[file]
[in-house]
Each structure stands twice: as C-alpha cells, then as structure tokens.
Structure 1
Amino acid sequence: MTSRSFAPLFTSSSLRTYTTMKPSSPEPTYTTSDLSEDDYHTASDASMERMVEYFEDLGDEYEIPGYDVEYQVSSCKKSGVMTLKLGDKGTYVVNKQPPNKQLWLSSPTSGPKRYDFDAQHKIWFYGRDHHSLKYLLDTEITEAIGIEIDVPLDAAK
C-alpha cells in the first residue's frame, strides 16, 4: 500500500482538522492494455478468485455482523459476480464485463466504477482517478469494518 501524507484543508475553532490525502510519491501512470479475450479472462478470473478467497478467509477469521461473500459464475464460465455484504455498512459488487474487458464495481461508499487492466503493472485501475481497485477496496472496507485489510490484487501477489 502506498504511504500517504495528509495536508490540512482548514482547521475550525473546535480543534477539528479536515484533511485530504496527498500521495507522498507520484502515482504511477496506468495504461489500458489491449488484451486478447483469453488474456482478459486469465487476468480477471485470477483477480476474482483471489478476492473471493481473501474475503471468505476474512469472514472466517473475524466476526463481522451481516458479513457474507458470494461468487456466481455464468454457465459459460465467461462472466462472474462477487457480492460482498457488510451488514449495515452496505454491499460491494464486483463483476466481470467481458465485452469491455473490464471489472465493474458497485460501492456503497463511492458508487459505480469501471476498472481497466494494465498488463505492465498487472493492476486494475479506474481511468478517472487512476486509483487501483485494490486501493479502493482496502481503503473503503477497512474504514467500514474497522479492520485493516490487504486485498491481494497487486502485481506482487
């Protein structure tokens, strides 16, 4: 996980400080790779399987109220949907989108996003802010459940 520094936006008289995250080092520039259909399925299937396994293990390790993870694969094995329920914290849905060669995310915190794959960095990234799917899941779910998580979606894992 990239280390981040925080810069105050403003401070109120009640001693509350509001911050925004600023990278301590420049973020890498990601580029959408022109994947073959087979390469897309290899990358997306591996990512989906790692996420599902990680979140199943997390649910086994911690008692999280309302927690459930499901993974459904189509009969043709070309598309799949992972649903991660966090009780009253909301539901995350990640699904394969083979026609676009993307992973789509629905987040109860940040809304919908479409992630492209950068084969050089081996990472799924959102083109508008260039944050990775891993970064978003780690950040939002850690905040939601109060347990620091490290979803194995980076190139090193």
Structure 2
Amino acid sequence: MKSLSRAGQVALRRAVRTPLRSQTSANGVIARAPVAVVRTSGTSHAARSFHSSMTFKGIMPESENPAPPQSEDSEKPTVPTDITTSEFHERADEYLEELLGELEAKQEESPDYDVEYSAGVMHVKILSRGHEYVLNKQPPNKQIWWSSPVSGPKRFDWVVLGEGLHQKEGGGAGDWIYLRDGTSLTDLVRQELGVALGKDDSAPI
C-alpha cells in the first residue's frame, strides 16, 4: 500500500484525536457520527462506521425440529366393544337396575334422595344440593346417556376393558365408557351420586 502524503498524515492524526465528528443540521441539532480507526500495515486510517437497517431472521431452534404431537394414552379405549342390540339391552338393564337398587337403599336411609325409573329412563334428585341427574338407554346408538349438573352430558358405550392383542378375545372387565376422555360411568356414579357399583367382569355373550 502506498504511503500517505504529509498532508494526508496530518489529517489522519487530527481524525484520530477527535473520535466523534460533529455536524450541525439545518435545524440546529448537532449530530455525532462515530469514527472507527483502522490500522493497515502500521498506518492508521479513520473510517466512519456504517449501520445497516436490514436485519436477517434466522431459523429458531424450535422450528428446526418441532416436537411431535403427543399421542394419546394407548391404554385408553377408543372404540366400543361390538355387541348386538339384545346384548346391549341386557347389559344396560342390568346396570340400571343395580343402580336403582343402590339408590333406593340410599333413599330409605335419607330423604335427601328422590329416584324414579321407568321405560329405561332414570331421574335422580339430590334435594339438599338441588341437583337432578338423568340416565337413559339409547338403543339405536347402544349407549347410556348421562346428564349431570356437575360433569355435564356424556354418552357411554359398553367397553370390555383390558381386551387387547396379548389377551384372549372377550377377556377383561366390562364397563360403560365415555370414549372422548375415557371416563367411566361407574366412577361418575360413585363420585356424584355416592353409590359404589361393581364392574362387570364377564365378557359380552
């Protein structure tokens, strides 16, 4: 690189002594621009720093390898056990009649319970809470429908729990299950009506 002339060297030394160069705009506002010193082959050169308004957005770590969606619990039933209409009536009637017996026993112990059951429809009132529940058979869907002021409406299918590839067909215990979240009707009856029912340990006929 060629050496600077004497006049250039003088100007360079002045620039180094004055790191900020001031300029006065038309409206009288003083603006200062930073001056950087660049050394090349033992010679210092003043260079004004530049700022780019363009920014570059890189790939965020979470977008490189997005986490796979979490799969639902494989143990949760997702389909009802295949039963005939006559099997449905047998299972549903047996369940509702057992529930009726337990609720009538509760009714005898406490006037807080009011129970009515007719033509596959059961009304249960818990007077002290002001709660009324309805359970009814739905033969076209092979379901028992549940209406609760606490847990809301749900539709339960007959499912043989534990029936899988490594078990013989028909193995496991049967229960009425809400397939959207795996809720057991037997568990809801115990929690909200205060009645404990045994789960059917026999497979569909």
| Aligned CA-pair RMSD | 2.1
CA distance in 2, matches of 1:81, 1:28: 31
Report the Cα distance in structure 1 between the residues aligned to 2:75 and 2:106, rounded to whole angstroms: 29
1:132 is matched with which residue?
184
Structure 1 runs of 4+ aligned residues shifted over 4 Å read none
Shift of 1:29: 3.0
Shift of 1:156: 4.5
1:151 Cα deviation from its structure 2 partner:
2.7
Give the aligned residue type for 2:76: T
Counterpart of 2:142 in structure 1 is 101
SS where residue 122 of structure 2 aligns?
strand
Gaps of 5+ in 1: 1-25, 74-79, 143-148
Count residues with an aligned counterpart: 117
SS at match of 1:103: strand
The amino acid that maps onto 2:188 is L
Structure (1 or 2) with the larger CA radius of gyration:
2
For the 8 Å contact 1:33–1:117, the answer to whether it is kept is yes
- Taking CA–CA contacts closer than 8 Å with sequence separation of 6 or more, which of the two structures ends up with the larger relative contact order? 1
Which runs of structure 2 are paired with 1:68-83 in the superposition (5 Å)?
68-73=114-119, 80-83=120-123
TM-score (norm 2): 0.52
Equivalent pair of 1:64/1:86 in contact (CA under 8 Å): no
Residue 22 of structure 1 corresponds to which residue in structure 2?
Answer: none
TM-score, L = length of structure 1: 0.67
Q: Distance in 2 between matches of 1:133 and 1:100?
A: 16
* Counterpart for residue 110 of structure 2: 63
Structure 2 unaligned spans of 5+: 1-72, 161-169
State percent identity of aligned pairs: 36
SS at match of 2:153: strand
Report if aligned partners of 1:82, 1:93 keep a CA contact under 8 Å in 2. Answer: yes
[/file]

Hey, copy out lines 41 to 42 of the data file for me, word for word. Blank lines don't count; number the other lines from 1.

A: 16
* Counterpart for residue 110 of structure 2: 63